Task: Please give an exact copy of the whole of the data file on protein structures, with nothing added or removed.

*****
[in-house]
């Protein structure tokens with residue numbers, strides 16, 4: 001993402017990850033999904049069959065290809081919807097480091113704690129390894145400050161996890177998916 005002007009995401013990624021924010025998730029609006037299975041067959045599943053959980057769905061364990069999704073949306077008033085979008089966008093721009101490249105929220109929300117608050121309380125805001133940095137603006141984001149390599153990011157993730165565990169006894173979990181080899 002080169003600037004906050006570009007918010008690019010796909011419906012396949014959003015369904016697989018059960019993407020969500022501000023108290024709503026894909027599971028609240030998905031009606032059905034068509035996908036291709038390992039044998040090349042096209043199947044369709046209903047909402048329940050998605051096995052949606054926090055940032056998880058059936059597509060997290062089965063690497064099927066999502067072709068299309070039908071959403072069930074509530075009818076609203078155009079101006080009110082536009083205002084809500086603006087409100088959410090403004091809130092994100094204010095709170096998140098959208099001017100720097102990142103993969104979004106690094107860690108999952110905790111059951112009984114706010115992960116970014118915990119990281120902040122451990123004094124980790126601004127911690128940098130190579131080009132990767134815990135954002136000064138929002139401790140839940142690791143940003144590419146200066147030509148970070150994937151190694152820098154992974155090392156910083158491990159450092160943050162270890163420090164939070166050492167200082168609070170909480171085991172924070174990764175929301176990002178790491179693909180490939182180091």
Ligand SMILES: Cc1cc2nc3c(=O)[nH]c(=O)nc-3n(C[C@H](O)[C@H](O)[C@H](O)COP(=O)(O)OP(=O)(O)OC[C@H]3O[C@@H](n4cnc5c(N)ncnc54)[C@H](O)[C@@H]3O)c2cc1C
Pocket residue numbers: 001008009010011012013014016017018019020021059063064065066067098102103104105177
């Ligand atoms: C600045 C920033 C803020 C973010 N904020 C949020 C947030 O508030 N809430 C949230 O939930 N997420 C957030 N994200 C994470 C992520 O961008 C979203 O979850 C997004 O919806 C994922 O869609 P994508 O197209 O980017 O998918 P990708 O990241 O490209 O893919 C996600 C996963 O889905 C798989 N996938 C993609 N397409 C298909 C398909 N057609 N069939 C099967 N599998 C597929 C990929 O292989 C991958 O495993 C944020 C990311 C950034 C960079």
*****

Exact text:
[in-house]
């Protein structure tokens with residue numbers, strides 16, 4: 001993402017990850033999904049069959065290809081919807097480091113704690129390894145400050161996890177998916 005002007009995401013990624021924010025998730029609006037299975041067959045599943053959980057769905061364990069999704073949306077008033085979008089966008093721009101490249105929220109929300117608050121309380125805001133940095137603006141984001149390599153990011157993730165565990169006894173979990181080899 002080169003600037004906050006570009007918010008690019010796909011419906012396949014959003015369904016697989018059960019993407020969500022501000023108290024709503026894909027599971028609240030998905031009606032059905034068509035996908036291709038390992039044998040090349042096209043199947044369709046209903047909402048329940050998605051096995052949606054926090055940032056998880058059936059597509060997290062089965063690497064099927066999502067072709068299309070039908071959403072069930074509530075009818076609203078155009079101006080009110082536009083205002084809500086603006087409100088959410090403004091809130092994100094204010095709170096998140098959208099001017100720097102990142103993969104979004106690094107860690108999952110905790111059951112009984114706010115992960116970014118915990119990281120902040122451990123004094124980790126601004127911690128940098130190579131080009132990767134815990135954002136000064138929002139401790140839940142690791143940003144590419146200066147030509148970070150994937151190694152820098154992974155090392156910083158491990159450092160943050162270890163420090164939070166050492167200082168609070170909480171085991172924070174990764175929301176990002178790491179693909180490939182180091």
Ligand SMILES: Cc1cc2nc3c(=O)[nH]c(=O)nc-3n(C[C@H](O)[C@H](O)[C@H](O)COP(=O)(O)OP(=O)(O)OC[C@H]3O[C@@H](n4cnc5c(N)ncnc54)[C@H](O)[C@@H]3O)c2cc1C
Pocket residue numbers: 001008009010011012013014016017018019020021059063064065066067098102103104105177
């Ligand atoms: C600045 C920033 C803020 C973010 N904020 C949020 C947030 O508030 N809430 C949230 O939930 N997420 C957030 N994200 C994470 C992520 O961008 C979203 O979850 C997004 O919806 C994922 O869609 P994508 O197209 O980017 O998918 P990708 O990241 O490209 O893919 C996600 C996963 O889905 C798989 N996938 C993609 N397409 C298909 C398909 N057609 N069939 C099967 N599998 C597929 C990929 O292989 C991958 O495993 C944020 C990311 C950034 C960079």